More People Calling Themselves “Libertarian” Is Not a Good Thing

I’m sure some people will say that this is actually a positive thing: It means it’s no longer “taboo” to call yourself a libertarian, thus the movement is gaining traction and on its way to going mainstream. After all, if a former NSA director wants to be regarded as a libertarian, then won’t others be willing?

This sidesteps a more vital issue. Why it is now “permissible” to label yourself a libertarian, especially when you’re not one? Is it because more people are actually libertarians, or because the word has become so diluted of its meaning that anyone can consider themselves a libertarian without risking the loss of reputation or “approval” among people who still worship the state?

When the way people respond or react to a word changes, only one of two things have occurred; either the word’s definition has changed, or people’s attitudes towards the ideas contained in the definition of the word changed. Put differently, either the word no longer means what it once did or people’s beliefs shifted so that it is looked upon differently.

It would be nice if there were more libertarians in the world, but I fear all this demonstrates is the degradation of what it means to be a libertarian. What seems to be happening is that the definition of libertarian has been broadened to allow just about anyone who is willing to call themselves one. People aren’t afraid to call themselves a libertarian because it doesn’t mean what it used to.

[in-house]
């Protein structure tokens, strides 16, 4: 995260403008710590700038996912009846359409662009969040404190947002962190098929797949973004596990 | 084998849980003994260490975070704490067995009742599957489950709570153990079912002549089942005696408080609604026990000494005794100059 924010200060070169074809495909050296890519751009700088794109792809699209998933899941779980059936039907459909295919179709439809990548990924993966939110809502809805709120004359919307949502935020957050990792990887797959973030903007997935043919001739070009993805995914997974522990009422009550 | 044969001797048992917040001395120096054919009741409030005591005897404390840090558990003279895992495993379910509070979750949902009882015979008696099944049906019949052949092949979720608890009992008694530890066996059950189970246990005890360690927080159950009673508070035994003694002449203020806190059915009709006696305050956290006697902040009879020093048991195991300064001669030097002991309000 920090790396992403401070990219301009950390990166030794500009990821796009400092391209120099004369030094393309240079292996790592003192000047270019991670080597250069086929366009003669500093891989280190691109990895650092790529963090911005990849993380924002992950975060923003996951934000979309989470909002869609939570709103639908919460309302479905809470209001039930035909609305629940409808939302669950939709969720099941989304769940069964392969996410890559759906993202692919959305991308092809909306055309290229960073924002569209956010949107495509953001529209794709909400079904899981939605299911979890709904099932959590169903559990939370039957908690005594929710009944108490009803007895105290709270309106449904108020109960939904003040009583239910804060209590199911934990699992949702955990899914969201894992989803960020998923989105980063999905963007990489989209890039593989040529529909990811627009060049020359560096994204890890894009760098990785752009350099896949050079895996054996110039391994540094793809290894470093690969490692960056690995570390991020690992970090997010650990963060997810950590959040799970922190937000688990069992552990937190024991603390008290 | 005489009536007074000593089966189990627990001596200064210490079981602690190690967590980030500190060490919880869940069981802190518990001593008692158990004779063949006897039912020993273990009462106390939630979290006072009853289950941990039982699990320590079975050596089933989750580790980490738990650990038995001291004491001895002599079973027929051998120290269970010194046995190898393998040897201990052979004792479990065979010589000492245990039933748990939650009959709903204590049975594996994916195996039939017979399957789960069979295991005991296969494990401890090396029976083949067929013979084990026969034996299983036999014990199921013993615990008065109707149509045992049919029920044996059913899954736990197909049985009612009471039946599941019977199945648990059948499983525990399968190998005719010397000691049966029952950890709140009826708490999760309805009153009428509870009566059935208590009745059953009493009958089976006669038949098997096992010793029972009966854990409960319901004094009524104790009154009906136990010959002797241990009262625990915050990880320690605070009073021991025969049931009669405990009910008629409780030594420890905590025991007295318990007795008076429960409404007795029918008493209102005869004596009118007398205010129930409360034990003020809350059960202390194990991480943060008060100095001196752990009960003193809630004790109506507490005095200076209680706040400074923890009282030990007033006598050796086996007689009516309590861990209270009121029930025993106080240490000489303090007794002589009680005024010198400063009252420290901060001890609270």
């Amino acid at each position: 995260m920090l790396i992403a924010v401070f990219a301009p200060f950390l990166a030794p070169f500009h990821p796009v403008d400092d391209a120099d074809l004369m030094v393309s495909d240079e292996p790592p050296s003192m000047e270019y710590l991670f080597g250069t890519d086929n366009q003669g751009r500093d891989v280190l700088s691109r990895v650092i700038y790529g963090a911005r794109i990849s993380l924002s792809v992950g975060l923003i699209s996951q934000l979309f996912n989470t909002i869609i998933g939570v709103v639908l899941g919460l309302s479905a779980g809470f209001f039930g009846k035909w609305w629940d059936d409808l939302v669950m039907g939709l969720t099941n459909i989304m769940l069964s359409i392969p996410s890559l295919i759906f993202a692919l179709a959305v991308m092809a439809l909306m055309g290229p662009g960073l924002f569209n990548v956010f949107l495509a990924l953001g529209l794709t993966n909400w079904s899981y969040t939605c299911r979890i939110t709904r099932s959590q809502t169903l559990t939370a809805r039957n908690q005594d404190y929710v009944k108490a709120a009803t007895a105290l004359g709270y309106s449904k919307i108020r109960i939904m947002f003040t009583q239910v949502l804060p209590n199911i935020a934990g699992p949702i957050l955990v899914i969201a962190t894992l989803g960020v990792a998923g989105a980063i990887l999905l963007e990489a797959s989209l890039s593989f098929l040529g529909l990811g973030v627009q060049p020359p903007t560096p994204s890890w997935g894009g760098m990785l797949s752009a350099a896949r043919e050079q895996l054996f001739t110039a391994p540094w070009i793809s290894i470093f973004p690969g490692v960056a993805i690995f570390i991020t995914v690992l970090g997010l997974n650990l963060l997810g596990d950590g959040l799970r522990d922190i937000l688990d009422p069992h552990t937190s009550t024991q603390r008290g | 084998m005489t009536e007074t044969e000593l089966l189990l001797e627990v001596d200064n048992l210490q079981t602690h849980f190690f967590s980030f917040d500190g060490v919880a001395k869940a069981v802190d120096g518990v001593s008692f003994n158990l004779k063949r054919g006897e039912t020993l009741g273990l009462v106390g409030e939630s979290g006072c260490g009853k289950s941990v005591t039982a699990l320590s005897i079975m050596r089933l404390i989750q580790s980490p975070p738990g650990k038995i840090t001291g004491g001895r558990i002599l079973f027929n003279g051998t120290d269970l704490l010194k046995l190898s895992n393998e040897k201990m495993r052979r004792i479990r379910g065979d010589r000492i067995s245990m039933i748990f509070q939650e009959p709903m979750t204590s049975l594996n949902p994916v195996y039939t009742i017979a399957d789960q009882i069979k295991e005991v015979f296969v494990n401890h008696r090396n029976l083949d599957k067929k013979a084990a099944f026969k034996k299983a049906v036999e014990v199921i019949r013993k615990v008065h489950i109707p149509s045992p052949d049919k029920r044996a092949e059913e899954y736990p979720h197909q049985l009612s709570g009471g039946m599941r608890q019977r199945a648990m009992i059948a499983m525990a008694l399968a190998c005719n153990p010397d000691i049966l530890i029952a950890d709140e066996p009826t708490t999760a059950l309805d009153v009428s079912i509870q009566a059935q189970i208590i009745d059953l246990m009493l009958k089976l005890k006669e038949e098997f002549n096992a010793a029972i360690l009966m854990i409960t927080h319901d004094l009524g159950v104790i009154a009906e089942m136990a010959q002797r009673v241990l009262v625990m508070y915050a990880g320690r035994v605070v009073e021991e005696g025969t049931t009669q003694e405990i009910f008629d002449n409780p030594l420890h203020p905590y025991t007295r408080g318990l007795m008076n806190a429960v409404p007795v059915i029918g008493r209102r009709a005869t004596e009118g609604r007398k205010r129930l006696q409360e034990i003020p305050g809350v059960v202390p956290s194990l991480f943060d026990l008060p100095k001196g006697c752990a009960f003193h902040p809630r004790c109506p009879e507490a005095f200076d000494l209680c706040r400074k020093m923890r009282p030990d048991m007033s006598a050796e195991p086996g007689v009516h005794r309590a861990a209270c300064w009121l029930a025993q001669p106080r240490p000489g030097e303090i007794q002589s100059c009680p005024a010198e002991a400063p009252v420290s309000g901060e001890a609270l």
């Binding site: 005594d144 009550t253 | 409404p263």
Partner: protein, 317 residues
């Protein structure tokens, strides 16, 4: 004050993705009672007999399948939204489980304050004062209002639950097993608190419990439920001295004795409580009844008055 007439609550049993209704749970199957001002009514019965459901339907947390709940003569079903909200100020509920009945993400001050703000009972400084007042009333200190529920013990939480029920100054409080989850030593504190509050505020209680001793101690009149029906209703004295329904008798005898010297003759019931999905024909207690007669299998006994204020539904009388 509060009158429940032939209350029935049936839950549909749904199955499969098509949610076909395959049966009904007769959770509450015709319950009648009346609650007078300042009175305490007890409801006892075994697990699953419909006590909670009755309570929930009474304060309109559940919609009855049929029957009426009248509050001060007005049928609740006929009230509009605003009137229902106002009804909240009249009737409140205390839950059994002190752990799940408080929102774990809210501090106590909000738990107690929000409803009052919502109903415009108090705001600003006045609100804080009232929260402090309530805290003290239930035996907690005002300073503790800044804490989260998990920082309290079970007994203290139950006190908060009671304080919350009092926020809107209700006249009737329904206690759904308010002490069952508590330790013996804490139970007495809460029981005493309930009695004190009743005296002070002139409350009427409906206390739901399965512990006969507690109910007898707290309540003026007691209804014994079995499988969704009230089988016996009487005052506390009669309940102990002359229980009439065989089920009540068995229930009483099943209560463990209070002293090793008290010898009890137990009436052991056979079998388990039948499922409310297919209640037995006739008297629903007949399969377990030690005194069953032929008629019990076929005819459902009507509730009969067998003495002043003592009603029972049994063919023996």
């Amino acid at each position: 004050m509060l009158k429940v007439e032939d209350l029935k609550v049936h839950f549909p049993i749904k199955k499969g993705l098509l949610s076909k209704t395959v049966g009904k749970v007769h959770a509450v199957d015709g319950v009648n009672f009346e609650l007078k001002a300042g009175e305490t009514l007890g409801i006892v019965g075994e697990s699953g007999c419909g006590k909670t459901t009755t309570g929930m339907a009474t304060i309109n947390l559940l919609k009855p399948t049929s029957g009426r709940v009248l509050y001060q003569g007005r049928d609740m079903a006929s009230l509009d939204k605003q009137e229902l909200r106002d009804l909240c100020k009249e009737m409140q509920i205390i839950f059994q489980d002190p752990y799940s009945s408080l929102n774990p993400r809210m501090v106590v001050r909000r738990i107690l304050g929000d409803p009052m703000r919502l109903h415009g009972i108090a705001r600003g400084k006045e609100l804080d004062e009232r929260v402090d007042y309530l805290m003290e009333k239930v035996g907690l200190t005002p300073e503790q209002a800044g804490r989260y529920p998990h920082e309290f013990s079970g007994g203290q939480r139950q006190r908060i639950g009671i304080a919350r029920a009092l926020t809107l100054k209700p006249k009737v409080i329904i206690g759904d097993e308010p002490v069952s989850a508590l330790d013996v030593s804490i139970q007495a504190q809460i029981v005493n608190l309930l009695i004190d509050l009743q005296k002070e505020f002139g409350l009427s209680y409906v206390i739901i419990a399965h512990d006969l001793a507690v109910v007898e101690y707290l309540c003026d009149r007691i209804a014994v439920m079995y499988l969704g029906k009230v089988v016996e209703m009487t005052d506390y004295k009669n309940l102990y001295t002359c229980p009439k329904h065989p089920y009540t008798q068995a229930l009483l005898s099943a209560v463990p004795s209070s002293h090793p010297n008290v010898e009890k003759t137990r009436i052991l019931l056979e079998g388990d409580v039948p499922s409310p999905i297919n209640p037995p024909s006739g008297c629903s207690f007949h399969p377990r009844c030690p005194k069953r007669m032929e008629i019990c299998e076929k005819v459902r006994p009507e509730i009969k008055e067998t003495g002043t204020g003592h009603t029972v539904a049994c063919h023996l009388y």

Those seeking to exploit the change in the wind for political gain and grab power in the D.C. Swampland are certain to rejoice. Sure, there will still be an all-powerful federal government spending trillions of dollars expropriated from innocent people, military bases overseas, and programs like Social Security that will one day become insolvent and collapse.

But at least we can rest assure that those perpetuating it are “libertarians” so suddenly that makes it OK, because if a libertarian does something that violates the NAP, it must be all right….right?

It reminds me of a quote from an Irish republican in the film Wind That Shakes The Barley: All we’re changing is the accents of the powerful and the color of the flag.

That’s pretty much all that is going to happen trying to reform things within the system by stripping libertarianism of any value as a political philosophy to the point where the former NSA director can claim himself among our ranks without renouncing his actions on behalf of the state.

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3 Responses to Former NSA Director: I Am a Libertarian

  1. Pingback: Former NSA Director: I Am a Libertarian | Freedom's Floodgates

  2. Pingback: Why Libertarians Self-Censor | The Anarchist Notebook | Libertarian Anarchy

  3. Pingback: The Man Behind the Curtain | The Anarchist Notebook | Libertarian Anarchy